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IMAC Double Build, Carden Pro 124" Extra 300 40%

Discussion in 'Giant / Scale Scratch and Kit Build Threads' started by orthobird, Mar 18, 2016.

  1. Tough I guess just climatized to this , got the heat at 22c /73f and tucked under a silk duvet along with my Chihuahua who is my personal heater on cold nights . Been living here my whole life it's something at we just deal with , burrrr cold then three months of warmth summer or flying season !!!!!

    You did a great job laying down those patterns on the wing , love the design and your quick ..
    orthobird likes this.
  2. orthobird

    orthobird 150cc

    Just installed the CDI for the airplane with the twin...


    This is a unique mount. Very light weight, and it has a double surface. the top surface, where the CDI is strapped to, is attached to the bottom plate, using 4 rubber tubes. I have never used them before, but I imagine, It will help dampen the vibrations to the CDI. I do not trust the rubber tubes, so I passed a small zip tie thru it. Just in case, now it cannot come apart! LOL!! I am OCD!
  3. orthobird

    orthobird 150cc

    Been working on the baffle plate for the airplane with the quad motor all morning. Still working on it! LOL!! A real PITA.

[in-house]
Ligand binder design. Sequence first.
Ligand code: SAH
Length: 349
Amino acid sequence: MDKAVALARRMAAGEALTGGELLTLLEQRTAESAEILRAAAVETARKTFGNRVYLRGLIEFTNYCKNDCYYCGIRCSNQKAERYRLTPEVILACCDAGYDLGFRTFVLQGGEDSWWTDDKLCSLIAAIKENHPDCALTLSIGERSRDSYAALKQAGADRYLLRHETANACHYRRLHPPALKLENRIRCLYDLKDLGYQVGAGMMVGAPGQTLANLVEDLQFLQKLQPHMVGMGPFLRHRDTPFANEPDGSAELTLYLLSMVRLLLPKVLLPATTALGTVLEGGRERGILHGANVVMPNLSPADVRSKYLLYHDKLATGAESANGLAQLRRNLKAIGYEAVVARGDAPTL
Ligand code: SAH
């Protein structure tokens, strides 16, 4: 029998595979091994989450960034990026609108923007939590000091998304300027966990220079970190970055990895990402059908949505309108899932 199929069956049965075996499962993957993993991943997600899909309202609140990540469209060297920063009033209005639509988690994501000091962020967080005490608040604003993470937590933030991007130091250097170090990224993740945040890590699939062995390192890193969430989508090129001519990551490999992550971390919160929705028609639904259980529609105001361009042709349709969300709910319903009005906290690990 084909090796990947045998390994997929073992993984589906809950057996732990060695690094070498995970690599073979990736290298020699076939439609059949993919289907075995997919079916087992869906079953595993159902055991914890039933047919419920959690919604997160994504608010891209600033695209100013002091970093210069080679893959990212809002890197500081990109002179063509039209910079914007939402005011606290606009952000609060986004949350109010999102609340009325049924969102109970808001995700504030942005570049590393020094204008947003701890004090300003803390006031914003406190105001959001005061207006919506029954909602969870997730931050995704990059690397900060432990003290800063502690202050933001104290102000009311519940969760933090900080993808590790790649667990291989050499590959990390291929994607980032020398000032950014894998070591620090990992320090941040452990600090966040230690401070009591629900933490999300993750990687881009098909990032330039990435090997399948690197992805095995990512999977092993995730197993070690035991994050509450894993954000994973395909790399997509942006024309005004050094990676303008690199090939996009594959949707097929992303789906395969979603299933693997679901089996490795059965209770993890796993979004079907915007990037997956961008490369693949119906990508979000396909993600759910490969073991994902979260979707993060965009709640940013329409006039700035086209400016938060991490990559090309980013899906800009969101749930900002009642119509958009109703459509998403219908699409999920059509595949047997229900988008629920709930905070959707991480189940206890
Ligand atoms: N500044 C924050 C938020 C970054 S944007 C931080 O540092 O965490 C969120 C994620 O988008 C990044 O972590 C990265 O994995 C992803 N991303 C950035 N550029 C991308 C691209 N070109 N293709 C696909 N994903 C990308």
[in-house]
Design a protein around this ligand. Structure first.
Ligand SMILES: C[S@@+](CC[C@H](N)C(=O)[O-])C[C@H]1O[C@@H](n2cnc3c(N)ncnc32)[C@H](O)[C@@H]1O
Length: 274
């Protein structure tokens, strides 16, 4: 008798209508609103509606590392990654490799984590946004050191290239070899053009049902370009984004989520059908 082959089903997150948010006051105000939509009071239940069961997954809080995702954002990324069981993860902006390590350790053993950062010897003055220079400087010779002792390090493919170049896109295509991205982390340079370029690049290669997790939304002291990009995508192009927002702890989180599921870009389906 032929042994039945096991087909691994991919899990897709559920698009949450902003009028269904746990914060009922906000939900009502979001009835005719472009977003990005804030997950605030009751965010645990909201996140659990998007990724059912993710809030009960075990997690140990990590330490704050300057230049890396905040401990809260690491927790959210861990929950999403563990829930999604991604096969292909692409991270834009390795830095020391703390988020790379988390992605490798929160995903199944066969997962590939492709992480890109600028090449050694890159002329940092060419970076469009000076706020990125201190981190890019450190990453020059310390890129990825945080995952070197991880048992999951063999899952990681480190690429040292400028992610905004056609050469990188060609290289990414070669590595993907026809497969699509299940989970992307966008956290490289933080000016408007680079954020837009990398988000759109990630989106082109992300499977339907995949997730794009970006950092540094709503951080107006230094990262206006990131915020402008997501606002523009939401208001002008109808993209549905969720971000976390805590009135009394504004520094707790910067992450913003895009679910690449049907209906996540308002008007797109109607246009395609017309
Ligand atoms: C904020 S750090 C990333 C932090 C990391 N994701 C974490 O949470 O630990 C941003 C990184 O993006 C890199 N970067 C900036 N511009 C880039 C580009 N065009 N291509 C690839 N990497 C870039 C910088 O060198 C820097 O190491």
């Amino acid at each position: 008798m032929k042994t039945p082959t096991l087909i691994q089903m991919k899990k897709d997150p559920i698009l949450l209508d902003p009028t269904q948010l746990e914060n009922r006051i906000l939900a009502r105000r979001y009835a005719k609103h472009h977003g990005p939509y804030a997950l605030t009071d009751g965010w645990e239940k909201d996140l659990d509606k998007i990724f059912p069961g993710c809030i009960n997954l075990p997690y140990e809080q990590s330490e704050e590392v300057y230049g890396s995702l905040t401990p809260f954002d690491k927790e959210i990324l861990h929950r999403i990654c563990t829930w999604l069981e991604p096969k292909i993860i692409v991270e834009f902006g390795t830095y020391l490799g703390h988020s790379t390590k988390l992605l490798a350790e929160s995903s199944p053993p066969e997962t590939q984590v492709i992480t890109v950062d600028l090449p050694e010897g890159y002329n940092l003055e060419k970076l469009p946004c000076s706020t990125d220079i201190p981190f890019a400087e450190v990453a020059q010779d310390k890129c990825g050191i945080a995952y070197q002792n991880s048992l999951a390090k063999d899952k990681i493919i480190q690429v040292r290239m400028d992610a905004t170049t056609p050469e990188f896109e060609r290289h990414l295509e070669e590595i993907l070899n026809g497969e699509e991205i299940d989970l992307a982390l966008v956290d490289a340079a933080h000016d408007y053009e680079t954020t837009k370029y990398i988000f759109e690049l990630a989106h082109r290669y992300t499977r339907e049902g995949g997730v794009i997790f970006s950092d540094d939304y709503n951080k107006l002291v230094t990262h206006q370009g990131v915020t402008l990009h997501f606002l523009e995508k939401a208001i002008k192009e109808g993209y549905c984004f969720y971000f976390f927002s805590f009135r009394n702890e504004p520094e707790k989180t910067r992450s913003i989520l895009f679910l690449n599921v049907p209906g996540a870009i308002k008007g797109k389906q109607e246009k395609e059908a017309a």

Meanwhile, I installed the CDI as well as the servo pushrod for the throttle.

    I am using a New to ME pushrod, which I have never used before on a 40%er. But, I have used similar many times on airplanes back in the day, nitro airplanes, that were now, to me, small, but back then, were huge!

    It is this Sullivan "High stress rod", which is the largest I have ever used and it is quite stout!

    It allows me to use 4-40 pushrods that threads into the yellow inner tube. then, the yellow fits into the black sleeve, and thus, the pushrod.
    I have never used one of these before on a 40%, and in all my other 40%, I have always used a direct pushrod for the throttle servo, and the throttle servo was always very near to the motor and the headers. This past year, on my Dalton Yak, I had a situation whereby we were flying in the summer heat, it was a very hot day, and then all of a sudden, we lost throttle control. When the airplane landed, the throttle servo would not work. Then , 30 minutes later, it started to work again, and I did change out the servo, but I wonder if maybe it had just gotten too hot.

    SO on both of these, I will place the throttle servo away from the heat.

    I have not committed yet, but I was considering installing the throttle servo in the rear bay, for another reason, which is, to help distribute the weight, since this airplane will want to be nose heavy. I am hoping to place the radio, the batteries and this servo in the rear bay, and use a heavier pilot, to help improve the balance of the airplane. And avoid having to install the batteries way back. right now, with the canopy on, and the cowl on, but no wings, if I raise the airplane from the wing tube, it is way nose heavy.